A sharply divided Tampa Bay Water board voted Monday to settle its lawsuit against the company that designed its flawed reservoir, with HDR Engineering handing over $30 million — far less than the cost of a repair, which means the ratepayers would likely pick up the rest of the tab.
The regional utility’s management announced the settlement in a news release, and an HDR executive hailed it as the best possible solution.
But there was a problem. The settlement passed by a vote of 4-3 — and it turns out that’s not enough.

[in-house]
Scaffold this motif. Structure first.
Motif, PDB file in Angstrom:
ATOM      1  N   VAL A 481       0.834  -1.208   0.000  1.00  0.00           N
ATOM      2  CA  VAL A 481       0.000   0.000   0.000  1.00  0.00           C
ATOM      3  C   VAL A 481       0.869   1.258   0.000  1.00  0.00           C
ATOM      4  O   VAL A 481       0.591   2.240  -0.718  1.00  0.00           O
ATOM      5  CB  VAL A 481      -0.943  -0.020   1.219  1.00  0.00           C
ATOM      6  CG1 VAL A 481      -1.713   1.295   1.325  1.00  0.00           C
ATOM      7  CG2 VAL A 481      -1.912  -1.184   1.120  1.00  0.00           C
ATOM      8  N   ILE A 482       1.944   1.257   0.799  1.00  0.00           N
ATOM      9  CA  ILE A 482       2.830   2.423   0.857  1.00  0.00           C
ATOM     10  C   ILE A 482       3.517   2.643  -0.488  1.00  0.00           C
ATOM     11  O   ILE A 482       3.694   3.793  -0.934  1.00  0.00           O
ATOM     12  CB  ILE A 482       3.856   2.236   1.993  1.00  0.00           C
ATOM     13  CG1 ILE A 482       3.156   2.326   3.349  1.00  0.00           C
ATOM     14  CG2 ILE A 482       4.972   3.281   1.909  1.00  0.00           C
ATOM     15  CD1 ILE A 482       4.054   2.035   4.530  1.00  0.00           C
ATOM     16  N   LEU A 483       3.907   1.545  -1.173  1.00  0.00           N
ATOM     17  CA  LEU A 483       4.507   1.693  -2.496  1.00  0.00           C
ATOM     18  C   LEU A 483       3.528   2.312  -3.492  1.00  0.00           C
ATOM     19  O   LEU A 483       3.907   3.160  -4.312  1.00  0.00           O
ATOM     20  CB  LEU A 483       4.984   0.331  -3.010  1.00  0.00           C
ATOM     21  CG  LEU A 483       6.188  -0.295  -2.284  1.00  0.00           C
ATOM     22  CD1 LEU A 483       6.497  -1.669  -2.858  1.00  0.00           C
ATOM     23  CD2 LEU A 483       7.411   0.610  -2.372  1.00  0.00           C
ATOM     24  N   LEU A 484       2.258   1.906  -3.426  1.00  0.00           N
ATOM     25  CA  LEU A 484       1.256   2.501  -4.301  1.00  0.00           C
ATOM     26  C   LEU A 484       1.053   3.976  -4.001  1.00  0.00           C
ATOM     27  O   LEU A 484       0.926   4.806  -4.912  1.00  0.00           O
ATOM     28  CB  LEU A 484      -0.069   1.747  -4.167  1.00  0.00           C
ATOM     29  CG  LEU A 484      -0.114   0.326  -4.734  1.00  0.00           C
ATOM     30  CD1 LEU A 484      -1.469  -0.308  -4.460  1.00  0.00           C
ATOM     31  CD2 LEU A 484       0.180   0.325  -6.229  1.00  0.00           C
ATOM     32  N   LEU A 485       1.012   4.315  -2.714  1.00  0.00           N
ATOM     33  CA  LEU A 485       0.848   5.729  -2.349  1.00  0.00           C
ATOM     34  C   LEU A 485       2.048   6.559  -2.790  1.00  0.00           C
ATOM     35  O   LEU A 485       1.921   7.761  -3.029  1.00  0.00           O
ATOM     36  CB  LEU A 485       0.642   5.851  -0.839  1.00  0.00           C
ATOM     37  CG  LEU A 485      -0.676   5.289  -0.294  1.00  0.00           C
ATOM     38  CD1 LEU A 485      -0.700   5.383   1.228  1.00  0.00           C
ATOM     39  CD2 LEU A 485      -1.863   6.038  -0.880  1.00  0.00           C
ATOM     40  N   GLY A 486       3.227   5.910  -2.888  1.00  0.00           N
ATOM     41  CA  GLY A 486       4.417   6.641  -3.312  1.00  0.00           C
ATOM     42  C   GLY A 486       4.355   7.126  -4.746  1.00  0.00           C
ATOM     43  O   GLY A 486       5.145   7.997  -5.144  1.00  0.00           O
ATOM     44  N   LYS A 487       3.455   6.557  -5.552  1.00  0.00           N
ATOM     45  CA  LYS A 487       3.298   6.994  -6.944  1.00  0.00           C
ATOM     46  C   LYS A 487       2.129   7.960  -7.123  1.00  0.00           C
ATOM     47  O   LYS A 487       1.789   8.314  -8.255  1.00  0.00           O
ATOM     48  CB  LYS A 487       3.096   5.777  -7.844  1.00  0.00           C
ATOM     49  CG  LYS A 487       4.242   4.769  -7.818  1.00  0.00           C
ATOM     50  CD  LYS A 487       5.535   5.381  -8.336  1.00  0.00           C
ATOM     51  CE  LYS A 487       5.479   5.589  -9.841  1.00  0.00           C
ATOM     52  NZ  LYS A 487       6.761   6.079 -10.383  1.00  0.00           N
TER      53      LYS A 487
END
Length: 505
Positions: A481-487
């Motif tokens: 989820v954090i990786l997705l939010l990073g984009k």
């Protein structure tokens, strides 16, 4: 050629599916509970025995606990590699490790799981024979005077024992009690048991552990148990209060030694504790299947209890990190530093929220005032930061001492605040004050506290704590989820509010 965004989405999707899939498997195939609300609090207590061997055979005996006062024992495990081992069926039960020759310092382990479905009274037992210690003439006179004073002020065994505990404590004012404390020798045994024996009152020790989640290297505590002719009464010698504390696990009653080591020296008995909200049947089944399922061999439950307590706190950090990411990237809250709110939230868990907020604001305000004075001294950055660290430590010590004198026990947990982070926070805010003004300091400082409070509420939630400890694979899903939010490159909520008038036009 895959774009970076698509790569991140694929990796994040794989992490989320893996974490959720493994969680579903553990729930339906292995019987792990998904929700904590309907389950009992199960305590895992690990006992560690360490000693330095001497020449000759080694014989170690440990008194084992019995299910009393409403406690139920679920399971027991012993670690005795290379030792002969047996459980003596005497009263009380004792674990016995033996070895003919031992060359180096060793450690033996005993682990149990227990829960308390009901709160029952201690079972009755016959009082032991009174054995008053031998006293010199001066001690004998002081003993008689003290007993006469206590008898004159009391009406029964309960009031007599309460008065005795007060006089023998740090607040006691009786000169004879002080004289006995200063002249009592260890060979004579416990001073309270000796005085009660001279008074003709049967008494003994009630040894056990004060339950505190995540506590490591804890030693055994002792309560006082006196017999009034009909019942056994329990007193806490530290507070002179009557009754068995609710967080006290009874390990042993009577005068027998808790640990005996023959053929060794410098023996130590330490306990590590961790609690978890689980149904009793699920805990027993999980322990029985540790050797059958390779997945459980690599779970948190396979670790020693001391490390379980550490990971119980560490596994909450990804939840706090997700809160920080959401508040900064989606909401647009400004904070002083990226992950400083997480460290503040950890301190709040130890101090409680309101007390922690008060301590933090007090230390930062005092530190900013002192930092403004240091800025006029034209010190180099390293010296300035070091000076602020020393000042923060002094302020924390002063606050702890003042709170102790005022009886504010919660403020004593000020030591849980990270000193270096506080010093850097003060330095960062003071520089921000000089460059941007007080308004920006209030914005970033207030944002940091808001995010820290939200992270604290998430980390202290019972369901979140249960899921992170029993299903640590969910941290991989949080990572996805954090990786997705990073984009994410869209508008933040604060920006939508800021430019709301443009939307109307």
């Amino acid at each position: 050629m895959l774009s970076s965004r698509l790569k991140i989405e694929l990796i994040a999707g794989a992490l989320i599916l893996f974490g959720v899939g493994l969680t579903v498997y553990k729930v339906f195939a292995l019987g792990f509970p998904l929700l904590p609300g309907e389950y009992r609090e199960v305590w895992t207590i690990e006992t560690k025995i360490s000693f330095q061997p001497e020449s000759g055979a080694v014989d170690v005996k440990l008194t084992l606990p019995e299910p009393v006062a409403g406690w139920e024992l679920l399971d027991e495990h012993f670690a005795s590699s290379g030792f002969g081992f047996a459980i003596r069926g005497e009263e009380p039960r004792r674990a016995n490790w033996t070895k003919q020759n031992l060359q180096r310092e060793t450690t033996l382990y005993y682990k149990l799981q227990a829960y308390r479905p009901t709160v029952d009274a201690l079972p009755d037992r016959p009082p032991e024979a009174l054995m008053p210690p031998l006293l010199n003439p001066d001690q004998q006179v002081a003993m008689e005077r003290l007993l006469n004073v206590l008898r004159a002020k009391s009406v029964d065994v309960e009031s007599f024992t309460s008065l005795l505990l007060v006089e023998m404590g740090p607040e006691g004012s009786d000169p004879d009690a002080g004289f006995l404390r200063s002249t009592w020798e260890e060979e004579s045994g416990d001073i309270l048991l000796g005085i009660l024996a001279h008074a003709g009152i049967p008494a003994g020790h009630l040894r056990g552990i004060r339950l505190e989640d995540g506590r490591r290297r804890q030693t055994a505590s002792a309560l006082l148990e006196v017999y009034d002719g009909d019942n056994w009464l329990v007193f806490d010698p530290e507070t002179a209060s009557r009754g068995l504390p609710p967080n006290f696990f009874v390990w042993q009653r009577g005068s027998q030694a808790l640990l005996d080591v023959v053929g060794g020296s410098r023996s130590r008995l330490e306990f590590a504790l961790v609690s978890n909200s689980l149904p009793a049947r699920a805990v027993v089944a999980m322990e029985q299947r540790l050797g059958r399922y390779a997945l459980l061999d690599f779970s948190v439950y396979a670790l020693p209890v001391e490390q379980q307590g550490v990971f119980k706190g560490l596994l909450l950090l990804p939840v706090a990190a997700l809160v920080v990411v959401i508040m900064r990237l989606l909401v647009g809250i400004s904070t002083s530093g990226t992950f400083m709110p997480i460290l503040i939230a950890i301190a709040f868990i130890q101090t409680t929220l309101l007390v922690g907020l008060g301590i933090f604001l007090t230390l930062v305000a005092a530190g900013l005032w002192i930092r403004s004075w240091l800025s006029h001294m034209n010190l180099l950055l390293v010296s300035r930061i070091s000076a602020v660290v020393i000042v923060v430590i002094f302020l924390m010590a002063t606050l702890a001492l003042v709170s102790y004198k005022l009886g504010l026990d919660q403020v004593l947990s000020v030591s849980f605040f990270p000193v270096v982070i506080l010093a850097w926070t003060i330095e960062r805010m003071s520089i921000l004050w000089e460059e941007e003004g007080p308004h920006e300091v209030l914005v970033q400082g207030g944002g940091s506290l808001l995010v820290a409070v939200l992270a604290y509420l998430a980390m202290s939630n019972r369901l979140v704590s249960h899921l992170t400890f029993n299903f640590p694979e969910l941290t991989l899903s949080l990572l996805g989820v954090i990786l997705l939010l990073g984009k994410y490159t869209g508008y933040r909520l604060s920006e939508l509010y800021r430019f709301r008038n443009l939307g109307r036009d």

Late Monday, two Pinellas County commissioners who were on the losing side of the vote pointed out what was wrong: The rules governing Tampa Bay Water require at least five of the board’s nine members to ratify any legal settlement.
Votes to approve the settlement fell one short, so “it doesn’t count,” said Pinellas Commissioner Susan Latvala.
Latvala and Commissioner Neil Brickfield had voted against the settlement and then heard about the problem from county attorneys who were familiar with how Tampa Bay Water was set up, she said.…